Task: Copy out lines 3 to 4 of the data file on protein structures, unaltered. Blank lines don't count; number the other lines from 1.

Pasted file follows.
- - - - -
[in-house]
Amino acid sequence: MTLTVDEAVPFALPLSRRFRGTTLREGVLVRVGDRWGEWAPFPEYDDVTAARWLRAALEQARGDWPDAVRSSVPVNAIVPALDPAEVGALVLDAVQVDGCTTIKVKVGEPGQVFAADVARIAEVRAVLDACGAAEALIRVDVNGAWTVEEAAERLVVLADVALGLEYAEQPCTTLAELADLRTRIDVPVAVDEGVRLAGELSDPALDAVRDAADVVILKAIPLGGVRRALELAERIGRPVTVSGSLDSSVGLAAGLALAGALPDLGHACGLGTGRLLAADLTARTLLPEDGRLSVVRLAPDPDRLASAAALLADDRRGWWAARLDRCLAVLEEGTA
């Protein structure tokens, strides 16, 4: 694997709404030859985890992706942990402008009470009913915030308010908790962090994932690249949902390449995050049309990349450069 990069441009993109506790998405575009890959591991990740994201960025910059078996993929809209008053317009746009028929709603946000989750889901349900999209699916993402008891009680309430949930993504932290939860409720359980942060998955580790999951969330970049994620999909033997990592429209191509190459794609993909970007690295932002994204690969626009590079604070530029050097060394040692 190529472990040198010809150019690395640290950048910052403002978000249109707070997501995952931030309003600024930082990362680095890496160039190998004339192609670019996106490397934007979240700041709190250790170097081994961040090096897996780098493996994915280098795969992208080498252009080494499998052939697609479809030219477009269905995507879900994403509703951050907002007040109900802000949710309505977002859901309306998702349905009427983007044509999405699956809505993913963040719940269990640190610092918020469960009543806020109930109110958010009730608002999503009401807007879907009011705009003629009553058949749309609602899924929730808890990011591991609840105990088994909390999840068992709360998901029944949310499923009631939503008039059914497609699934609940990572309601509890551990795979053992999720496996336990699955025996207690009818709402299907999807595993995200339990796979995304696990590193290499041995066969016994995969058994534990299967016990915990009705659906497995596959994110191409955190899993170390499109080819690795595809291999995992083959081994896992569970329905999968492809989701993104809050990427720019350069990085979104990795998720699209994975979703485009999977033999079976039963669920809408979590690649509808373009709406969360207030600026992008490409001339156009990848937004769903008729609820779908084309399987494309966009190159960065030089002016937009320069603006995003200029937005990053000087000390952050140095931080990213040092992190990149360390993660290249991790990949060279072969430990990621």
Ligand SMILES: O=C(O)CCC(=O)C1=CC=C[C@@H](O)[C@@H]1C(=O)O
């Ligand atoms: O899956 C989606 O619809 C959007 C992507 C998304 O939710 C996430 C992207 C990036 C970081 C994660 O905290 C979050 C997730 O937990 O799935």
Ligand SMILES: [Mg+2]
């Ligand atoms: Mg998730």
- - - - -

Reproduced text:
């Protein structure tokens, strides 16, 4: 694997709404030859985890992706942990402008009470009913915030308010908790962090994932690249949902390449995050049309990349450069 990069441009993109506790998405575009890959591991990740994201960025910059078996993929809209008053317009746009028929709603946000989750889901349900999209699916993402008891009680309430949930993504932290939860409720359980942060998955580790999951969330970049994620999909033997990592429209191509190459794609993909970007690295932002994204690969626009590079604070530029050097060394040692 190529472990040198010809150019690395640290950048910052403002978000249109707070997501995952931030309003600024930082990362680095890496160039190998004339192609670019996106490397934007979240700041709190250790170097081994961040090096897996780098493996994915280098795969992208080498252009080494499998052939697609479809030219477009269905995507879900994403509703951050907002007040109900802000949710309505977002859901309306998702349905009427983007044509999405699956809505993913963040719940269990640190610092918020469960009543806020109930109110958010009730608002999503009401807007879907009011705009003629009553058949749309609602899924929730808890990011591991609840105990088994909390999840068992709360998901029944949310499923009631939503008039059914497609699934609940990572309601509890551990795979053992999720496996336990699955025996207690009818709402299907999807595993995200339990796979995304696990590193290499041995066969016994995969058994534990299967016990915990009705659906497995596959994110191409955190899993170390499109080819690795595809291999995992083959081994896992569970329905999968492809989701993104809050990427720019350069990085979104990795998720699209994975979703485009999977033999079976039963669920809408979590690649509808373009709406969360207030600026992008490409001339156009990848937004769903008729609820779908084309399987494309966009190159960065030089002016937009320069603006995003200029937005990053000087000390952050140095931080990213040092992190990149360390993660290249991790990949060279072969430990990621």
Ligand SMILES: O=C(O)CCC(=O)C1=CC=C[C@@H](O)[C@@H]1C(=O)O